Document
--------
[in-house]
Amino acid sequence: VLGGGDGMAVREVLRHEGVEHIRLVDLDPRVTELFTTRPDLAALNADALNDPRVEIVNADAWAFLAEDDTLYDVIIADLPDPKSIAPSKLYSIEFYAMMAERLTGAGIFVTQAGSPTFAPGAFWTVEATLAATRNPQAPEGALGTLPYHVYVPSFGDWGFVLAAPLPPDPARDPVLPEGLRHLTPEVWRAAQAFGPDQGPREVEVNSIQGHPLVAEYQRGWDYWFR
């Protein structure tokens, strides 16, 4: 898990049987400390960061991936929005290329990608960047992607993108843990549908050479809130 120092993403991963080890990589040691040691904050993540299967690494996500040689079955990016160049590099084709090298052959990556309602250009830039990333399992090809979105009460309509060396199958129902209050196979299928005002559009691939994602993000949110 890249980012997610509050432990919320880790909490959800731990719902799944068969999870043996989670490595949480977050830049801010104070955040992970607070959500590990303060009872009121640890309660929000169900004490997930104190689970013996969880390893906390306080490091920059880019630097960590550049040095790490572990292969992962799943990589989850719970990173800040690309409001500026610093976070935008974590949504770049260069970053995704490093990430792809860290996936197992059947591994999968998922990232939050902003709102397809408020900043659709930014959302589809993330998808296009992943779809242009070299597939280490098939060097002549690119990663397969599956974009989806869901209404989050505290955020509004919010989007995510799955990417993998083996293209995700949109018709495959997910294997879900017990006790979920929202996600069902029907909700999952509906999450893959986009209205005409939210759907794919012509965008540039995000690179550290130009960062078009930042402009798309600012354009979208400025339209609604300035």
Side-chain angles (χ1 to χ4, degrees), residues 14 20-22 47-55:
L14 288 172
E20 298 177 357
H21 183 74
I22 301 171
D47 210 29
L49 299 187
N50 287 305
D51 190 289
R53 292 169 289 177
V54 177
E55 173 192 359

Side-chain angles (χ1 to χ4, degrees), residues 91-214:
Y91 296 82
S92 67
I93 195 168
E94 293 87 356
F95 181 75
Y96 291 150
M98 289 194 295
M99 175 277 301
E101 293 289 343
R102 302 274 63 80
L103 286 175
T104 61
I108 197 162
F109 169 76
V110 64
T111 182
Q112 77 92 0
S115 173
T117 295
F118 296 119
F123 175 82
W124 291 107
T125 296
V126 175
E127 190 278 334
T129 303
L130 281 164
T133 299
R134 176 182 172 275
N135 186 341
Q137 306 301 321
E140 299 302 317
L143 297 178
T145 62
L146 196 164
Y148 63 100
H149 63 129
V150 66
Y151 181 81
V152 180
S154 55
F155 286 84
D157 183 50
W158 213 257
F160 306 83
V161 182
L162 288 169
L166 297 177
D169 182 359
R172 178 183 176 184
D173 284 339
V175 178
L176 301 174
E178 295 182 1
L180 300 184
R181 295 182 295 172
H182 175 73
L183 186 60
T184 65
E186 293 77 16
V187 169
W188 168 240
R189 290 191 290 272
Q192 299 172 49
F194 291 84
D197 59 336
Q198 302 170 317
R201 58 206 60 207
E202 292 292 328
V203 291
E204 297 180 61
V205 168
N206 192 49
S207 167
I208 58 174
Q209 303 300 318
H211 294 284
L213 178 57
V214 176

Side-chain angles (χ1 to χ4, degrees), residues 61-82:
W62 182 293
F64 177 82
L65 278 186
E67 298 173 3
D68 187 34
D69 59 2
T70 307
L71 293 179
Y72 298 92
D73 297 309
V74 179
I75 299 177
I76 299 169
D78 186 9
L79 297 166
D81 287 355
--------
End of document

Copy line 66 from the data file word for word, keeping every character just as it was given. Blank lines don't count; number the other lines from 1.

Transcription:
R172 178 183 176 184